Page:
In many people living with migraine, there is a problem with the membranes that surround and protect the brain. These membranes are called meninges and are sensitive to pain, in much the same way the membranes of the eye can be irritated by dust or chemicals. This makes our eyes itch and become inflamed, a natural healing response.
In a migraine there is activation of pain reflexes in the nerves supplying the meninges. The nerve most affected is the trigeminal nerve which responds by releasing pain- and inflammation-causing chemicals. This inflammation results from changes in the blood vessels in the brain, making them relax (the more accurate term is dilate).
In the healing process, inflammation allows our immune system to fix a cut, or fight a bug. In migraine however this inflammation is not helpful, it causes redness, heat, swelling and pain, caused by certain proteins and chemicals leaving the bloodstream and surrounding the nerves.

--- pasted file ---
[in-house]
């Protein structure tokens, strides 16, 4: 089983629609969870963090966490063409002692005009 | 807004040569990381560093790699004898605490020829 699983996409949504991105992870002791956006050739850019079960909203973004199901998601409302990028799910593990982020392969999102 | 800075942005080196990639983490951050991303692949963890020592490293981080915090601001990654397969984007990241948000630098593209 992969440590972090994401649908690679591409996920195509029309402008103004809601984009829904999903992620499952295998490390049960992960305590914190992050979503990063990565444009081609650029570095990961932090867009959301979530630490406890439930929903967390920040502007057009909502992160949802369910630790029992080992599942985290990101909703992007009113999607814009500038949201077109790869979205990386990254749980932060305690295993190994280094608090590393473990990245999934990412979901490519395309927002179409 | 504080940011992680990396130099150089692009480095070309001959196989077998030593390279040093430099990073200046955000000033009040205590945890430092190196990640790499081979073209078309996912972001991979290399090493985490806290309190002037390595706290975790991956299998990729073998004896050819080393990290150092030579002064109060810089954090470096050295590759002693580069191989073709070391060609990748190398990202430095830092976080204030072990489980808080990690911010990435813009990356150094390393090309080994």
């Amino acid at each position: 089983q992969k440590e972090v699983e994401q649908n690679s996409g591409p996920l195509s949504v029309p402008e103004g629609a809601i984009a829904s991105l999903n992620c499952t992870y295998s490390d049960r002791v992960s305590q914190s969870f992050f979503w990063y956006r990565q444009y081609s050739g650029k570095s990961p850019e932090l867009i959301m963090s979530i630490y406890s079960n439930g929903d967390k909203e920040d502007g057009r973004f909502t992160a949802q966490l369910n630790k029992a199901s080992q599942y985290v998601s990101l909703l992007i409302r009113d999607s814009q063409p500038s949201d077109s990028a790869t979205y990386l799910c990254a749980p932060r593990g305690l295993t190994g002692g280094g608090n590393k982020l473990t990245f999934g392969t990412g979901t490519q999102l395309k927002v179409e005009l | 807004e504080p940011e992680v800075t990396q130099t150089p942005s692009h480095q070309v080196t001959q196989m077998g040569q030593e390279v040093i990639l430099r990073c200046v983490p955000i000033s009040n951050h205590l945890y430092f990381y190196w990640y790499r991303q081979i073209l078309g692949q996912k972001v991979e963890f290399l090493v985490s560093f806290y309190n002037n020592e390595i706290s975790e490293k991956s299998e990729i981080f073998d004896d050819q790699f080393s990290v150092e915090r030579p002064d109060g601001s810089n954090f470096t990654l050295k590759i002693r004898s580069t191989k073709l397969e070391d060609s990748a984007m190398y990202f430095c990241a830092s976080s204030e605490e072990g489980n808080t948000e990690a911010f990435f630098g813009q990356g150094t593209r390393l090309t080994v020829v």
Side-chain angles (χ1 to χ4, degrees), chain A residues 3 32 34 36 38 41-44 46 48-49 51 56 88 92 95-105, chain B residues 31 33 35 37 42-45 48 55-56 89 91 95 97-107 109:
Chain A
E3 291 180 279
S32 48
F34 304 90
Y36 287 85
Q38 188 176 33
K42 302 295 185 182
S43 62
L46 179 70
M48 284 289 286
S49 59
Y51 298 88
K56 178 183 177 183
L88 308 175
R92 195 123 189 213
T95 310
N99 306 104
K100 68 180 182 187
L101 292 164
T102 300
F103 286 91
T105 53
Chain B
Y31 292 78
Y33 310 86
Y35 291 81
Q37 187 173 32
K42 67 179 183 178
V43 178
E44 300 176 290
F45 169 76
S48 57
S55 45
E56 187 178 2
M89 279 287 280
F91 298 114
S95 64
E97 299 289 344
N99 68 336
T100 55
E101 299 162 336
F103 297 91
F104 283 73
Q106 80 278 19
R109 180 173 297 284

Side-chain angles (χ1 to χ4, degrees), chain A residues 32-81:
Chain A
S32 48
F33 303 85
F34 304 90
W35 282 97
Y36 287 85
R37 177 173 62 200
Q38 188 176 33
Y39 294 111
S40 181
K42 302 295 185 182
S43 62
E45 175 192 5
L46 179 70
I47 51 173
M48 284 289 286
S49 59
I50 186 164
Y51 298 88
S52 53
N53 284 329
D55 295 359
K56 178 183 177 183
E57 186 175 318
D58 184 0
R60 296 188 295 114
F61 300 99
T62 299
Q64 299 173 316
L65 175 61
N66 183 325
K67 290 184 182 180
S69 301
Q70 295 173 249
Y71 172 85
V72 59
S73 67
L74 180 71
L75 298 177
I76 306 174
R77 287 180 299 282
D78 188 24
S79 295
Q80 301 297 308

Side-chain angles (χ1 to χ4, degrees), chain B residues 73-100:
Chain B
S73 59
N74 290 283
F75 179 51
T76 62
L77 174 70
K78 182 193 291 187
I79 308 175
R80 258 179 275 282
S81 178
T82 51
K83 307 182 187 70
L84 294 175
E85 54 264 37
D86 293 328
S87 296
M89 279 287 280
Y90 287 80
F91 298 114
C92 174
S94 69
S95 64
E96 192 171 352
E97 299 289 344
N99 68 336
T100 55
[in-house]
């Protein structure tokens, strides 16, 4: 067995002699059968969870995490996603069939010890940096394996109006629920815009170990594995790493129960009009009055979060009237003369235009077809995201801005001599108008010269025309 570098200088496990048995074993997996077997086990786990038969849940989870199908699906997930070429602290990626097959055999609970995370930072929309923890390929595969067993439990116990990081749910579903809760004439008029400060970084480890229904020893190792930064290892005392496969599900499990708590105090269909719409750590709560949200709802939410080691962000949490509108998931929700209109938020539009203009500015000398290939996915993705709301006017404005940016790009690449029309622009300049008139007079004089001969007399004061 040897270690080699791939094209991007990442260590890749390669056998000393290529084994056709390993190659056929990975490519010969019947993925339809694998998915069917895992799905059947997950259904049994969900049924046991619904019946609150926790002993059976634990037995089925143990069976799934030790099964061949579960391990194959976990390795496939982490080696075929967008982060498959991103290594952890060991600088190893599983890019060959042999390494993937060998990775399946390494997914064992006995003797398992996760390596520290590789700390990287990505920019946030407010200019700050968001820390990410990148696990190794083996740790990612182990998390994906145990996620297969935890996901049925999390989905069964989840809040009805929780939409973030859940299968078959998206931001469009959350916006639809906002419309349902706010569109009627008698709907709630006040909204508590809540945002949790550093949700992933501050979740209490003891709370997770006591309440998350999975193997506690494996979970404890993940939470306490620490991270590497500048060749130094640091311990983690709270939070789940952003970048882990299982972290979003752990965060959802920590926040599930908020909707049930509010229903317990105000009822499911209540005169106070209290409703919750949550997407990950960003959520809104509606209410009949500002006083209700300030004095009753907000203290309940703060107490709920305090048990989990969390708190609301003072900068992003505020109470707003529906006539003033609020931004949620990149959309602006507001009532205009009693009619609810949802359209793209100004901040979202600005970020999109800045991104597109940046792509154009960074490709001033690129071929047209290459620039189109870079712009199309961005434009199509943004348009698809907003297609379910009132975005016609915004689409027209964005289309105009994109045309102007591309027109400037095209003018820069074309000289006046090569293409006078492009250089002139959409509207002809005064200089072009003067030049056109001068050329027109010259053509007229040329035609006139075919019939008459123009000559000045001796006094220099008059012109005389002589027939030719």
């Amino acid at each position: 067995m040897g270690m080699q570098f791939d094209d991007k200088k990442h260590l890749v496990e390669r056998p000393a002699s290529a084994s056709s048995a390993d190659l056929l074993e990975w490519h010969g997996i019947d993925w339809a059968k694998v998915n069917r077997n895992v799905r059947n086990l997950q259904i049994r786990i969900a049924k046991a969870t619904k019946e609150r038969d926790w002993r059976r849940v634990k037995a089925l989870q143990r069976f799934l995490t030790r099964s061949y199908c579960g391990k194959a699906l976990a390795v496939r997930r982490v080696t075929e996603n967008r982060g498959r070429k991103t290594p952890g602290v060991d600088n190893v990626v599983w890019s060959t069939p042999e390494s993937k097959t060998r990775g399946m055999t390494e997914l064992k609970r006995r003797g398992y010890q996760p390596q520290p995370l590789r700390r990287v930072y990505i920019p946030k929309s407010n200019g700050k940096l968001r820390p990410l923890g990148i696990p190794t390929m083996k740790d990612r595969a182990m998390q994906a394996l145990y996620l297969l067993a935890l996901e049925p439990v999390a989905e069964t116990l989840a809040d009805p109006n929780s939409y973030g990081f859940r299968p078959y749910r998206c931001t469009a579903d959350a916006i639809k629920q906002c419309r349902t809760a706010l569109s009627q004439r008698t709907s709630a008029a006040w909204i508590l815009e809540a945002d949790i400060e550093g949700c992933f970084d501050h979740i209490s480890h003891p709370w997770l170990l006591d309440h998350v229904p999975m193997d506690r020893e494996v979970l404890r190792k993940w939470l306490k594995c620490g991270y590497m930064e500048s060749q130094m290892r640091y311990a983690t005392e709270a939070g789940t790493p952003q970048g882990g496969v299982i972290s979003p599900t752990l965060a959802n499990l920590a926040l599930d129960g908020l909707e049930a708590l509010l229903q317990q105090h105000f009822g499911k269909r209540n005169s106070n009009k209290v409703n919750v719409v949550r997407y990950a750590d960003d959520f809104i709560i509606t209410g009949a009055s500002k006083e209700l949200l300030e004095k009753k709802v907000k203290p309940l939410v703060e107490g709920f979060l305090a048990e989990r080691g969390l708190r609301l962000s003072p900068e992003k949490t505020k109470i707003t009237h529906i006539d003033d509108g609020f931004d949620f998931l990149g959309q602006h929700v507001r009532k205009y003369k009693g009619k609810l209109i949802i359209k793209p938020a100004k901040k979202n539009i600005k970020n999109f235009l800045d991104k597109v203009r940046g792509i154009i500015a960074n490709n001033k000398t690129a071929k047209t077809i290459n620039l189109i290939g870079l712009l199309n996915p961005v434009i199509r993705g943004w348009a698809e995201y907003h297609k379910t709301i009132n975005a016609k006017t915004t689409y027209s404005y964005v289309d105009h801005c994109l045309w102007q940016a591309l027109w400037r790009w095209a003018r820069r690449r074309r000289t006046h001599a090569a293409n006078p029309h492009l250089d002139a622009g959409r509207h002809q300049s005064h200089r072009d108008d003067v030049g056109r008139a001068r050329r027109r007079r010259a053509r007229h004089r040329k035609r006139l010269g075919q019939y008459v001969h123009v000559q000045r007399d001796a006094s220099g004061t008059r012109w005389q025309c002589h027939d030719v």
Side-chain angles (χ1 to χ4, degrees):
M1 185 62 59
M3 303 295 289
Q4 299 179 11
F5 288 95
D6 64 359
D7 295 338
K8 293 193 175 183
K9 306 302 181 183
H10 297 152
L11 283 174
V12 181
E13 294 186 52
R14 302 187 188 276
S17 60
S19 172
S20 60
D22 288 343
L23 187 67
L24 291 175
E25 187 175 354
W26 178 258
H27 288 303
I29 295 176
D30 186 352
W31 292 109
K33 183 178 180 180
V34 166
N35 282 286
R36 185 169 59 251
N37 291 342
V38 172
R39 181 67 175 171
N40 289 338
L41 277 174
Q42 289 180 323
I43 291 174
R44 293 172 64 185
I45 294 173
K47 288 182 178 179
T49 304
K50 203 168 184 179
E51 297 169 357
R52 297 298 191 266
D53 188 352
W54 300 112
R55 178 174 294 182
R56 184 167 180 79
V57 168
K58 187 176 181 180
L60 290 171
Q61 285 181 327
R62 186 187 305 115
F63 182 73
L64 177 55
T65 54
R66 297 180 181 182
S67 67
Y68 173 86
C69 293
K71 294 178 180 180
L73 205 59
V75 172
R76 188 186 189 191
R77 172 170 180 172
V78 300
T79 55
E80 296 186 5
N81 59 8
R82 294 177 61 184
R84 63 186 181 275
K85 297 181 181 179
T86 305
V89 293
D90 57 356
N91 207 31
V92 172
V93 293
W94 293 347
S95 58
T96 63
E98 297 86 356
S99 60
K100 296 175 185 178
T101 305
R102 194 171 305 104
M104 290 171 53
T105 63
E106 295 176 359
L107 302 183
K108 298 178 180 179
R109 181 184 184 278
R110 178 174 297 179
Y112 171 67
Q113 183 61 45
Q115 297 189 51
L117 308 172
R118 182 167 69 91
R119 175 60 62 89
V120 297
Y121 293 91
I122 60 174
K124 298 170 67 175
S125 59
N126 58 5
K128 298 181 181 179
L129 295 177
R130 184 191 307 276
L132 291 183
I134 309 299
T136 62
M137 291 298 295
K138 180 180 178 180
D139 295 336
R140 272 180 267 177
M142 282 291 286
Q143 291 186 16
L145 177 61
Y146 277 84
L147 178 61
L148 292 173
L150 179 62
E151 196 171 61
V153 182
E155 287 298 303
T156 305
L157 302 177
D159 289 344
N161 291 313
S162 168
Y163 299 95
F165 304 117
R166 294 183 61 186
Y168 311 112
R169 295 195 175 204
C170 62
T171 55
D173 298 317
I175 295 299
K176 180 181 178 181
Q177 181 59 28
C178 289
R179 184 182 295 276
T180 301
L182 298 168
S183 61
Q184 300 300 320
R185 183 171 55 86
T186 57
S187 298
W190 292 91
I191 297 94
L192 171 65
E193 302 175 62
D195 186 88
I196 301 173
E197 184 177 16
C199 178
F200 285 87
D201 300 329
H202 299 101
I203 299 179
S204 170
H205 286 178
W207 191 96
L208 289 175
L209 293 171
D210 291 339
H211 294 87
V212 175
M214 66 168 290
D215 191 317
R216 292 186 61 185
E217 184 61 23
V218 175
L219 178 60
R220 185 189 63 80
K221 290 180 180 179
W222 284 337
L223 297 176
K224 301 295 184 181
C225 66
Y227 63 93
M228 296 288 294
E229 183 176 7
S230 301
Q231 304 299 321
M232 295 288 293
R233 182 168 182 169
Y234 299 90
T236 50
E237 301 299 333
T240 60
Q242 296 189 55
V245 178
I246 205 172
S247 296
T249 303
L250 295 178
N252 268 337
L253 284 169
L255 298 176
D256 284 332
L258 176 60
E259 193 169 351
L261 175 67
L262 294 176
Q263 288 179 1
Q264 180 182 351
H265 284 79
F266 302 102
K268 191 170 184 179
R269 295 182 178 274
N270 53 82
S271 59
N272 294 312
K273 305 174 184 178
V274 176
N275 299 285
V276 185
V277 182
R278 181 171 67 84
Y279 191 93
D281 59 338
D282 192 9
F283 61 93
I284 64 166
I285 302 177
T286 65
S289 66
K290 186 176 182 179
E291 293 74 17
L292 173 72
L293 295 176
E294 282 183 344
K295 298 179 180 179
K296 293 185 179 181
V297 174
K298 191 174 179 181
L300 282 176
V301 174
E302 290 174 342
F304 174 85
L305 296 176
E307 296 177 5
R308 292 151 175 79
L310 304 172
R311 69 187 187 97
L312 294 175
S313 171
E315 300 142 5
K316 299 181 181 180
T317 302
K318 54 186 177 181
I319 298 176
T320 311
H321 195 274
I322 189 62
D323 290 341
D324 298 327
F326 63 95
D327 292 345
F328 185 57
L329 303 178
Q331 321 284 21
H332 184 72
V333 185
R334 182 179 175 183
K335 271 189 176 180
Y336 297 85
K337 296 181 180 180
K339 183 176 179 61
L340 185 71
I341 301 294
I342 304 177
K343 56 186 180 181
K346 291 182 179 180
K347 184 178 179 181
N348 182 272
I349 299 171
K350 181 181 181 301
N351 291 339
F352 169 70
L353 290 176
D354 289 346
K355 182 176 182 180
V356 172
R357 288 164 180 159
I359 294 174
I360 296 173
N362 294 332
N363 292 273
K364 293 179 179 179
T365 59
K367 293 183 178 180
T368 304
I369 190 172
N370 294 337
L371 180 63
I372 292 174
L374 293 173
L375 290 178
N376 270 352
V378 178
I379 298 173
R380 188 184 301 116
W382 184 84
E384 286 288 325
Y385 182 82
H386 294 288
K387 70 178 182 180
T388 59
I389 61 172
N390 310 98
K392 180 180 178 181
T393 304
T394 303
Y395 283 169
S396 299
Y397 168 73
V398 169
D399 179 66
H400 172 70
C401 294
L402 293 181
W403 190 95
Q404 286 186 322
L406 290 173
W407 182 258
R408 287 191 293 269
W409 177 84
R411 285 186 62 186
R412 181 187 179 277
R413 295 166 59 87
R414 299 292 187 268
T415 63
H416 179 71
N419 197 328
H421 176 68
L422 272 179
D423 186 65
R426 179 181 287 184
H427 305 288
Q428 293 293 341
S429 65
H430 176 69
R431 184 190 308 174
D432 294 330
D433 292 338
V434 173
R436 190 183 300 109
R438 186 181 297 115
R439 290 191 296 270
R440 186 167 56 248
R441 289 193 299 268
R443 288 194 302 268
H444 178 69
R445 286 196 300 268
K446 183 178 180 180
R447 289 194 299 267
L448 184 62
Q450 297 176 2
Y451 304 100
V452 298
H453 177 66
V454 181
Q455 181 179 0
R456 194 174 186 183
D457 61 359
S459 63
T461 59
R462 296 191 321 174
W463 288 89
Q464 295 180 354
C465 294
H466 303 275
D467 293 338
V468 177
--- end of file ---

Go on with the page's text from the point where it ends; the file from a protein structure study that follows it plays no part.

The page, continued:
As a consequence, the trigeminal nerve continues to sense pain even after the initial migraine trigger has passed; this inflammation can persist into a long-standing or chronic state. This is believed to cause increased sensitivity to pain and making further migraine attacks more likely to happen ie chronic migraine or difficult to manage migraine.
Non-steroidal anti-inflammatory drugs (NSAIDs for short) are commonly used for mild to moderate pain. They work by reducing or blocking the production of chemicals that cause inflammation. These chemicals are normally produced by the body in a pathway that helps with infection and clotting. With less inflammatory chemicals released in the nerves supplying the meninges in the brain, there is less redness, heat, and swelling. This can reduce the level of pain that a patient experiences. This in turn helps to relieve migraine symptoms once a migraine starts to appear.